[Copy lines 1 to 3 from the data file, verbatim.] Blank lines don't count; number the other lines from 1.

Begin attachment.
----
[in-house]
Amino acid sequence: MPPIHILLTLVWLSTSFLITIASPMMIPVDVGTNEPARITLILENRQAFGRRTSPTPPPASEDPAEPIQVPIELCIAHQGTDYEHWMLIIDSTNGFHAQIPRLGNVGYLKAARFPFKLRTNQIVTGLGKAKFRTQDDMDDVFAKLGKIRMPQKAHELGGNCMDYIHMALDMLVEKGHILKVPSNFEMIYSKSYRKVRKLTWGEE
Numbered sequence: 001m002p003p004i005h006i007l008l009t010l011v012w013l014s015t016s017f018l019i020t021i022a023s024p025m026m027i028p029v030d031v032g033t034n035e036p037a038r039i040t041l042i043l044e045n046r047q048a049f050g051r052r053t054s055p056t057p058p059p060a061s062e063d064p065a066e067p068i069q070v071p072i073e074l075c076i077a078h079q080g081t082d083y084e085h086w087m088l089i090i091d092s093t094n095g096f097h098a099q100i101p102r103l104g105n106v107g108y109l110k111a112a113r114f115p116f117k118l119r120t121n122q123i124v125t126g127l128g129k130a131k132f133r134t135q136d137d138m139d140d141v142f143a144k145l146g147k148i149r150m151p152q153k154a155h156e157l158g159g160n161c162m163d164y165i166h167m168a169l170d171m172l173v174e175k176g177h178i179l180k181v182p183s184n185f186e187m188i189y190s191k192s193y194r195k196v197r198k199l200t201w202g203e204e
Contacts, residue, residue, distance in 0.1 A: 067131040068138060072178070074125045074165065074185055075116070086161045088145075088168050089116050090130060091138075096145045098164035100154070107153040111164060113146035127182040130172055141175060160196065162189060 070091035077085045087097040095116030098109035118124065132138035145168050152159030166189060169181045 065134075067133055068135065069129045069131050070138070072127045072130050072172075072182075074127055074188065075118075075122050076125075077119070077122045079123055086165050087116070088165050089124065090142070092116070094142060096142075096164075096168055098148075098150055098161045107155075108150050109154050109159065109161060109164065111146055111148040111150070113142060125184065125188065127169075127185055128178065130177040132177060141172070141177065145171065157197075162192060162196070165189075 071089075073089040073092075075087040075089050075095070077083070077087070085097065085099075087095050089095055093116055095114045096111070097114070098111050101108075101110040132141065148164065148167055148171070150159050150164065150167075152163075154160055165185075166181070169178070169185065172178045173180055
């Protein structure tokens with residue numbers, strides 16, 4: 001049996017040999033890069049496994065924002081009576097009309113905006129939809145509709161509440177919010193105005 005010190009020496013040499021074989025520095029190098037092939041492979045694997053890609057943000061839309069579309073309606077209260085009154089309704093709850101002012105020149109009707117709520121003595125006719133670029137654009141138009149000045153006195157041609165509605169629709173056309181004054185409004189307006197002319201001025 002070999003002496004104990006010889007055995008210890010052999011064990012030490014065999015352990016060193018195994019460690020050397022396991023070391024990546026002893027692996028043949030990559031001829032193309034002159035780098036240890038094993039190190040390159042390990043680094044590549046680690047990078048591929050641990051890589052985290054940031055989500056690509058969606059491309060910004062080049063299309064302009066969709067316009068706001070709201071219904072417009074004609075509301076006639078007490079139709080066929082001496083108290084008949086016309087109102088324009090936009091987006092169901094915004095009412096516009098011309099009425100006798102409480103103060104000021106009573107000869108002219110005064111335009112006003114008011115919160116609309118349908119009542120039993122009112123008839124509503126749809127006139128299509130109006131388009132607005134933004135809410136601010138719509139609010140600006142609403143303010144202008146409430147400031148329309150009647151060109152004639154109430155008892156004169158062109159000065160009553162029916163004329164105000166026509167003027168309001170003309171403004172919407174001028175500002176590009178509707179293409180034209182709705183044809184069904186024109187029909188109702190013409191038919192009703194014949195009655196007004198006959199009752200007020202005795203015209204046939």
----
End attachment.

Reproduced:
[in-house]
Amino acid sequence: MPPIHILLTLVWLSTSFLITIASPMMIPVDVGTNEPARITLILENRQAFGRRTSPTPPPASEDPAEPIQVPIELCIAHQGTDYEHWMLIIDSTNGFHAQIPRLGNVGYLKAARFPFKLRTNQIVTGLGKAKFRTQDDMDDVFAKLGKIRMPQKAHELGGNCMDYIHMALDMLVEKGHILKVPSNFEMIYSKSYRKVRKLTWGEE
Numbered sequence: 001m002p003p004i005h006i007l008l009t010l011v012w013l014s015t016s017f018l019i020t021i022a023s024p025m026m027i028p029v030d031v032g033t034n035e036p037a038r039i040t041l042i043l044e045n046r047q048a049f050g051r052r053t054s055p056t057p058p059p060a061s062e063d064p065a066e067p068i069q070v071p072i073e074l075c076i077a078h079q080g081t082d083y084e085h086w087m088l089i090i091d092s093t094n095g096f097h098a099q100i101p102r103l104g105n106v107g108y109l110k111a112a113r114f115p116f117k118l119r120t121n122q123i124v125t126g127l128g129k130a131k132f133r134t135q136d137d138m139d140d141v142f143a144k145l146g147k148i149r150m151p152q153k154a155h156e157l158g159g160n161c162m163d164y165i166h167m168a169l170d171m172l173v174e175k176g177h178i179l180k181v182p183s184n185f186e187m188i189y190s191k192s193y194r195k196v197r198k199l200t201w202g203e204e